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Is there a difference between wellbeing and mental health?

Dr Lina Gega explores conceptions of mental health and wellbeing, and whether or not the two are synonymous.

Having looked at what we mean by wellbeing, it’s time to explore the relationship between wellbeing and mental health.

The World Health Organisation (WHO) describe mental health as an integral and essential component of health more broadly, defining it as:

“a state of well-being in which an individual realizes his or her own abilities, can cope with the normal stresses of life, can work productively and is able to make a contribution to his or her community.”
Wrapped up in this notion of mental health then is the notion of mental wellbeing. In the video, above, Dr Lina Gega unpicks these two related but independent concepts from a practitioner perspective.
Dr Gega is a senior clinician, researcher, teacher and supervisor with subject expertise in digital technologies and mental health, particularly in relation to Cognitive Behaviour Therapy (CBT), supported self-managed care and standardised interventions in primary care and the community. Her current research focuses on interventions with children and young people affected by, or at risk of, mental health problems.
She describes mental wellbeing as a broad “sense of self”, and an “ability to live…as close as possible to the way we want”. Mental health, by contrast, is defined in terms of “specific signs and symptoms that cause significant and persistent emotional distress”: the presence of such signs and symptoms constituting a mental health problem.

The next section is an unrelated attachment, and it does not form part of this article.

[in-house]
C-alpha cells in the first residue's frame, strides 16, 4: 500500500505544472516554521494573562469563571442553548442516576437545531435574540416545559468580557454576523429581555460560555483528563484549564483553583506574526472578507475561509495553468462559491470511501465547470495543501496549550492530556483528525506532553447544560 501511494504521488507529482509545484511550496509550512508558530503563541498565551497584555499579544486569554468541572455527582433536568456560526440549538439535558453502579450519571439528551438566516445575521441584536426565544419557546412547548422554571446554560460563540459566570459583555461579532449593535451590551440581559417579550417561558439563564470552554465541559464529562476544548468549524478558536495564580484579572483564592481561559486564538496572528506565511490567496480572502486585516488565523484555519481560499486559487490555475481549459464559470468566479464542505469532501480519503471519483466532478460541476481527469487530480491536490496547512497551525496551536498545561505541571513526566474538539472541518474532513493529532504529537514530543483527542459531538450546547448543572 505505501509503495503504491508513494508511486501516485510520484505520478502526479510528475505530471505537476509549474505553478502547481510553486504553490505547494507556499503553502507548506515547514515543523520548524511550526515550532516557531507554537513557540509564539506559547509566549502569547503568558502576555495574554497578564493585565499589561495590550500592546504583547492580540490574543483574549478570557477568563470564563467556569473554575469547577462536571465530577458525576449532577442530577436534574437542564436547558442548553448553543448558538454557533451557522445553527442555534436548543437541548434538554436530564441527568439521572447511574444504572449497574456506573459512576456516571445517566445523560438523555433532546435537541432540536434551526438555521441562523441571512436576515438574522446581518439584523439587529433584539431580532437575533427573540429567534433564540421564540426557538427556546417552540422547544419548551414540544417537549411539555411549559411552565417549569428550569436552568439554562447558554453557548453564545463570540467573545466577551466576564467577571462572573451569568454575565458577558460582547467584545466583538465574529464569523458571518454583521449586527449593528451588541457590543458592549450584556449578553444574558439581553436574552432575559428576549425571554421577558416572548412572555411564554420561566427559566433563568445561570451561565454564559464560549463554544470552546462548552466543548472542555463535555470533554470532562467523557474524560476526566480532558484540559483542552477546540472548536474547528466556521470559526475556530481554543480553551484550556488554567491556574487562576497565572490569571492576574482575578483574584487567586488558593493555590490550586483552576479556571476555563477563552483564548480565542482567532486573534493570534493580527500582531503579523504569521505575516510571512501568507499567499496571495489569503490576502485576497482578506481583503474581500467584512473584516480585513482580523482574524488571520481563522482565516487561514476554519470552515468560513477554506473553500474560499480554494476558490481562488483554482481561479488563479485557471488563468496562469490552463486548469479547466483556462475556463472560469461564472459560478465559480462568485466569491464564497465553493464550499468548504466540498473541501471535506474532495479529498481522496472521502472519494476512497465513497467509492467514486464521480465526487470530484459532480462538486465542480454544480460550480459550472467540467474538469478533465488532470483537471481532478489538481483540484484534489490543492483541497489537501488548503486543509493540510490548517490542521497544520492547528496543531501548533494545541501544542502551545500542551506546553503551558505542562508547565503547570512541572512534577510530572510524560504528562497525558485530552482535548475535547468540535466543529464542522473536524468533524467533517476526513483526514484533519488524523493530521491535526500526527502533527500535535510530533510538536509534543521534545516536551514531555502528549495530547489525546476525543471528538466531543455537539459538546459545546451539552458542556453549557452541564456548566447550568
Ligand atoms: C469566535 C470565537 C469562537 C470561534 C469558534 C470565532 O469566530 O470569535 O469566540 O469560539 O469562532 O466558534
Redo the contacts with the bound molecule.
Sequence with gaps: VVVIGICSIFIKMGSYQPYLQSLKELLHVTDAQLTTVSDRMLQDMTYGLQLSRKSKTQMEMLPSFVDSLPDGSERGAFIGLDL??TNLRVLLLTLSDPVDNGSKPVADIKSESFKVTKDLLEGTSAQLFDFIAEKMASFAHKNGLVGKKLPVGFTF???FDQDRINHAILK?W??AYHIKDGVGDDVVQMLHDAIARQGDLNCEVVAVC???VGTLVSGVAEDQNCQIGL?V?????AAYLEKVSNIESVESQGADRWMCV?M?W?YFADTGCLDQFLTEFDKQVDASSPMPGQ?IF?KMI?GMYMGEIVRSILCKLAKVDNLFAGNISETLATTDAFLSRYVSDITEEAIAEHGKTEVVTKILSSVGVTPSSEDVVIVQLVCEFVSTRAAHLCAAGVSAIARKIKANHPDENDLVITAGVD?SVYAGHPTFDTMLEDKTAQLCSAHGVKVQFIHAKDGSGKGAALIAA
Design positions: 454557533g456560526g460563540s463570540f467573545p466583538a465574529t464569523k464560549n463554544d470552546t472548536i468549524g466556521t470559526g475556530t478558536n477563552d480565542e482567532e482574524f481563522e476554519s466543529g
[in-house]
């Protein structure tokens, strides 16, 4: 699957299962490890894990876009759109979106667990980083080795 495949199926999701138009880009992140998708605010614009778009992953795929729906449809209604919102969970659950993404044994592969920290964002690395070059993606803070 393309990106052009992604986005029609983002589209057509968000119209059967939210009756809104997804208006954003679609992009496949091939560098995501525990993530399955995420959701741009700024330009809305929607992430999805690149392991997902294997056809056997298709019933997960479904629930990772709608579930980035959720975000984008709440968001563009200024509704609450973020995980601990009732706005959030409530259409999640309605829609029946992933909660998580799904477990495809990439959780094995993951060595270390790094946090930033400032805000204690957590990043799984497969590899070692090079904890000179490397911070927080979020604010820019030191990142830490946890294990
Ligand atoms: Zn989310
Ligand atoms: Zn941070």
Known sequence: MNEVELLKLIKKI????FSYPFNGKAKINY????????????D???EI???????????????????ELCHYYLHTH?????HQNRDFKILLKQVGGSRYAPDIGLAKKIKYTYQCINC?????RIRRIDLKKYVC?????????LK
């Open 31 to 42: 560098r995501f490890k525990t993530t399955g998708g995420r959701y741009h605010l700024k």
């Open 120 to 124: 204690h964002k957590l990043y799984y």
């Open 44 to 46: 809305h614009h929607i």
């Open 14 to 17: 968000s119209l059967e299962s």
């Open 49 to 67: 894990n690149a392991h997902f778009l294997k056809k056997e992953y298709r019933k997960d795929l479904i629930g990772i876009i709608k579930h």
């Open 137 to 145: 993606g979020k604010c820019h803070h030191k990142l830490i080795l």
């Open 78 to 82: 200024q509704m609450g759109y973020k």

The charity Mind express the relationship in the following way:
“If you experience low mental wellbeing over a long period of time, you are more likely to develop a mental health problem.
If you already have a mental health problem, you’re more likely to experience periods of low mental wellbeing than someone who hasn’t. But that doesn’t mean you won’t have periods of good wellbeing.”

As Dr Gega explains in the video, digital media can have positive and negative effects for both our mental wellbeing and our mental health.

This article is from the free online

Digital Wellbeing

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